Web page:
I am also a member/contributor/volunteer and big supporter of The Free Software Foundation (and their Defective by Design campaign against DRM), Electronic Frontier Foundation, Wikipedia, One Laptop Per Child, and the Computer History Museum.

After the domain name registrar GoDaddy inapropriately shut down SecLists.Org (and some other security sites), I started NoDaddy.Com to illustrate the many problems with this registrar.

Conferences and other speaking engagements

Security conferences are a great way to learn, network, and party with like minded hackers. I attend them whenever I can find the time. I have presented at many events, including Defcon (4 years), CanSecWest (5 times), Black Hat Briefings, IT Security World (four times), Security Masters' Dojo (8 sessions), ShmooCon, IT-Defense, FOSDEM, SFOBug, Stanford University, George Washington University, and many corporate events.

Audio, video, and/or slides for many of my presentations is available on my presentations page.

Preparing, traveling, and delivering good presentations takes a substantial amount of time, so I must be selective about which engagements I accept. Feel free to invite me to speak at your conference, but don't be offended if I have to decline.

Interviews

I enjoy giving written (or video/audio in rare cases) interviews for network security and technology publications. Here are some good ones:

If you have interesting questions and would like to interview me for your publication or web site, send me email and I'll try to make time.

Fyodor FAQ

Here are some questions that I get quite often:

  1. Where did the nickname Fyodor come from?

    Like many hackers, I enjoy reading. For a while in the early 90s I was particularly enamored with Russian author Fyodor Dostoevsky. Shortly after reading his Notes From Underground, I logged onto a new BBS using the handle Fyodor as a whim. It stuck. I'm a little embarrassed that a Google search for Fyodor now lists me before Dostoevsky. I guess it is hard to earn and maintain a decent PageRank when you're dead.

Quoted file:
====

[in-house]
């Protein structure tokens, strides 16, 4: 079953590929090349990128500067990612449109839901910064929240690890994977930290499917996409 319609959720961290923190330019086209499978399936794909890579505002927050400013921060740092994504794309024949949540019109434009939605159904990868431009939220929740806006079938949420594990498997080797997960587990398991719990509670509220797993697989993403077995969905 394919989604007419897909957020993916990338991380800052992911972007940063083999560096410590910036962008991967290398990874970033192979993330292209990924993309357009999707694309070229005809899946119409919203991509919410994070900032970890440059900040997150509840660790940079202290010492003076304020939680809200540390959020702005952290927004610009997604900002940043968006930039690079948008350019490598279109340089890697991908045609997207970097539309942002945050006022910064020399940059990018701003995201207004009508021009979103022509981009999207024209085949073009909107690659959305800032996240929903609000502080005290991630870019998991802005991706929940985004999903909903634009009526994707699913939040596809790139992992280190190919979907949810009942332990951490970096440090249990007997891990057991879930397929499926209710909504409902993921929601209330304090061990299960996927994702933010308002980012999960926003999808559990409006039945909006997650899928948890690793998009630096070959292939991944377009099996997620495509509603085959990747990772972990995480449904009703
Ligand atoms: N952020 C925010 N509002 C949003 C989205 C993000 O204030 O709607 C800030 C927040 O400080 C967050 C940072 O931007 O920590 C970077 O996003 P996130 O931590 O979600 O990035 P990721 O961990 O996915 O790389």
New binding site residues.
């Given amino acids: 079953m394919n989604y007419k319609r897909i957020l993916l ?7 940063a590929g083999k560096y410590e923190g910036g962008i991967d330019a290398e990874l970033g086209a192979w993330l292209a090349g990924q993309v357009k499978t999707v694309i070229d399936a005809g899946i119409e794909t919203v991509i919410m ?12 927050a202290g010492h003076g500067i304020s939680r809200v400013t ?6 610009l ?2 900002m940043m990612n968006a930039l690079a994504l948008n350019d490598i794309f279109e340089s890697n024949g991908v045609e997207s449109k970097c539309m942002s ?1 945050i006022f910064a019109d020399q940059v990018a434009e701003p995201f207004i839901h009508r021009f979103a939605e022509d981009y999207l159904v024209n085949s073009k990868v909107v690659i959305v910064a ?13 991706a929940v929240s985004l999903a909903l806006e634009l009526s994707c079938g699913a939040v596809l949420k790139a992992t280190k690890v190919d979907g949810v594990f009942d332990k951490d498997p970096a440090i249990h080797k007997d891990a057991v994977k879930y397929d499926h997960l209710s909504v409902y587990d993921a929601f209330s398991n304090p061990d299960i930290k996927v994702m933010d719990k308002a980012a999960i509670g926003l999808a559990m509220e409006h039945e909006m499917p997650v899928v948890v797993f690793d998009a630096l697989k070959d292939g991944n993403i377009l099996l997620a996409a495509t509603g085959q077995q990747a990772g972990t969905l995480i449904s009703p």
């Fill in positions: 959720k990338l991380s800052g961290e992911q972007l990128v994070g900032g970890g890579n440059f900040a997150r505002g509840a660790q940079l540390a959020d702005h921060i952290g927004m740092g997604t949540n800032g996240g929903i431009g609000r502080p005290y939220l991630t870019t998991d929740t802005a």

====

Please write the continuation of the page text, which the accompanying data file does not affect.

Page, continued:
2. I think my boyfriend is cheating on me. Will you help me hack his email account to find out?

    No.

  3. Will you do an interview for my web site, speak at my conference, or answer questions for the article I'm writing?

    Maybe! Email me a proposal. I can't always say yes, but I will at least answer promptly.

  4. I'm writing a book or web/journal article or producing a movie, and Nmap is covered. Would you do a pre-publication technical review?

    Yes, I'm generally happy to do this.

  5. Are you on any social networks?

    Yes, I have personal accounts on Facebook, Twitter, and Google+. Feel free to follow/subscribe, but I only friend people that I actually know. I also run a separate account for Nmap news on Facebook, Twitter, and Google+.

  6. How can I become a security expert/hacker?

    It is a lot of work, but also rewarding. My take is in question #4 of my Slashdot interview.

  7. in fact, the only reason that i wonna learn to use the n map is to find some data abougth a girl that contacted me in some a page, an have fucking me each time i go online, as an free atitude, that i can't understand, anyways i'm a tecnic in coputing from a tecnical school but i'd learn only a bit of q basic. if you can help me with that i'll be thakfull foreve!

    Please, get help.

  8. How can I keep up with the latest Nmap and Insecure.Org news?

    Major Nmap releases and important site news are posted to the ad-free Nmap-hackers mailing list. You can join more than 60,000 current members from this page. Traffic rarely exceeds 2 messages per month. You can also read the archives or subscribe to the RSS feed at SecLists.Org. The other source for breaking news is the front page of Insecure.Org. If you truly want to keep abreast of all Nmap development, join the high traffic (hundreds of messages per month) nmap-dev list too.

Contact Info

I live in Palo Alto, California. Most people contact me by email at fyodor@nmap.org. If your communication is sensitive, you can encrypt it with my PGP/GPG public key.